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Extension > Garden > Yard and Garden > Shade tree decline

Shade tree decline

 

A tree that just doesn't look quite as healthy as usual but does not have any specific disease or insect problem may be suffering from shade tree decline. Decline is a general term describing dieback of the branches in the crown associated with a general reduction of tree vigor. It can be caused by a variety of factors.

Symptoms

The symptoms usually develop slowly and may not be noticed immediately. The crown of the tree often thins out. New terminal growth may be limited and branches may die. Abnormally large seed crops are sometimes associated with decline, as is premature fall coloration and leaf drop. The leaves may become smaller and fewer in number. Trees affected by decline may survive indefinitely or may die within a few years.

Trees may decline for many reasons. Often times the symptoms can be confused with other specific insect, disease, or environmental problems making it difficult to diagnose shade tree decline.

Causes

The following is a list of factors that can contribute to tree decline. Often it involves physical injury from man, animals, machines, or nature such as:

  • Repeated defoliation from insects or diseases.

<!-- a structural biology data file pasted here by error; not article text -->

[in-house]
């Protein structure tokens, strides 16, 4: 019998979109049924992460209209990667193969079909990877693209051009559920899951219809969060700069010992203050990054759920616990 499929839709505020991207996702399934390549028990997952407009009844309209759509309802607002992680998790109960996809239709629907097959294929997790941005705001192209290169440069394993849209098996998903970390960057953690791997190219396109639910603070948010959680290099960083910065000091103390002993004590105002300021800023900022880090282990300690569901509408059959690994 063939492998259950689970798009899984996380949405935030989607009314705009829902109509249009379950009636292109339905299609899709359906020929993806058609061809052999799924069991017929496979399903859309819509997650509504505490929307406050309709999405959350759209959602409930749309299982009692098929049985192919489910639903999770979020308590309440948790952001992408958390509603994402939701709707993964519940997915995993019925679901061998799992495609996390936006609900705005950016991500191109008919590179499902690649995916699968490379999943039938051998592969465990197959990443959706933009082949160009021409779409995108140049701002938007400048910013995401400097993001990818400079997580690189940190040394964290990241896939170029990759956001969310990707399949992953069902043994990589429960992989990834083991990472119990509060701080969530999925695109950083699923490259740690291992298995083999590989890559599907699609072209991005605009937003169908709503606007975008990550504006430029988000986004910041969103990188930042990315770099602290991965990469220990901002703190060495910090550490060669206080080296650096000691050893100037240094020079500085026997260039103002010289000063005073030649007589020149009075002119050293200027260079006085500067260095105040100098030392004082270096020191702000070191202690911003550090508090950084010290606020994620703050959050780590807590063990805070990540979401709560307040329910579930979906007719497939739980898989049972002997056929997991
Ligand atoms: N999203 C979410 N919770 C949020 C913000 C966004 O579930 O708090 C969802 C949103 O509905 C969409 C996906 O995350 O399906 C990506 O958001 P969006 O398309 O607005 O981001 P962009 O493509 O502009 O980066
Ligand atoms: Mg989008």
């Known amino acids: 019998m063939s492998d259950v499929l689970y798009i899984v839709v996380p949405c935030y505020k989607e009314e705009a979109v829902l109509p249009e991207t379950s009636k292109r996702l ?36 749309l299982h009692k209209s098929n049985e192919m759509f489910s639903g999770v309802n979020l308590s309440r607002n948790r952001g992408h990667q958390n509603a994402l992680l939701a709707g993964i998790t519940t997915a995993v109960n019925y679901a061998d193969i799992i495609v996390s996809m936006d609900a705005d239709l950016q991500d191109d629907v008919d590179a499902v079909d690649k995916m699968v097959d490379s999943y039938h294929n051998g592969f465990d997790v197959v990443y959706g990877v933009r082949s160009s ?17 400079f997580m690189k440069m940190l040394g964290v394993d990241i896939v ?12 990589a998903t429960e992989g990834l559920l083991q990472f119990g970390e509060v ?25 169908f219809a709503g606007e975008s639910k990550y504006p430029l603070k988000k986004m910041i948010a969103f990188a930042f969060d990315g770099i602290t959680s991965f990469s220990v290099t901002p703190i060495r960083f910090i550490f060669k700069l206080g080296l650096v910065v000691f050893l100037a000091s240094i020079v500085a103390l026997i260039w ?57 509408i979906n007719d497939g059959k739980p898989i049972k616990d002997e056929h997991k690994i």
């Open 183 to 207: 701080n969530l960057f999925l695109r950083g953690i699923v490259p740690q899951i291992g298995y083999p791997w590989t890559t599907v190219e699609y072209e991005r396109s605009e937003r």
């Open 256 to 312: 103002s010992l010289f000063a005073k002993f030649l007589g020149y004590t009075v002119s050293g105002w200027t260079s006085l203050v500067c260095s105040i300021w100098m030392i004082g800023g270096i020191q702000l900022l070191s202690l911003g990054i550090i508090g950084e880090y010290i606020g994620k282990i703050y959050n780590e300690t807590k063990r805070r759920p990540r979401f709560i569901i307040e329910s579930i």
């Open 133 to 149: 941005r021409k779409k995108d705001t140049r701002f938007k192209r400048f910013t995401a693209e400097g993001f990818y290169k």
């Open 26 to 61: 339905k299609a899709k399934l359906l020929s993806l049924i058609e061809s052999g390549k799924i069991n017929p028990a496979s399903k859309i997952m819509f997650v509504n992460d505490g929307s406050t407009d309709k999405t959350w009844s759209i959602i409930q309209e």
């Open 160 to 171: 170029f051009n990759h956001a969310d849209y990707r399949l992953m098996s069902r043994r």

• Adverse weather conditions such as cold or drought.
  • Flooding or changes in the water table.
  • Significant bark damage from lawn mower injury, frost cracks, or animal feeding.
  • Soil fertility problems.
  • Repeated injury from herbicides or other chemicals.
  • Damage from construction around the tree due to soil fill, root pruning or soil compaction from heavy equipment.
  • Accumulated salt injury from road salt.
  • Girdled or restricted root development, often from planting too deeply.
  • Graft union failure.
  • Root and trunk rots as evidenced by mushrooms or other fungal structures.
  • Environmental pollution.

In diagnosing shade tree decline it is important to remember that symptoms do not always occur immediately following the initial injury. Decline symptoms may not start until a year or two later.

The best way to control tree decline is to take preventive measures, whenever possible, to avoid the stress factors that contribute to the problem. If decline symptoms appear which cannot be traced to a specific insect or disease organism, try to increase the vigor of the tree by fertilizing in spring and providing additional water throughout the growing season. Prune out any dead wood or branches.

Following these steps does not guarantee that the tree will recover, but they may help the tree to survive for a longer time.


H412S
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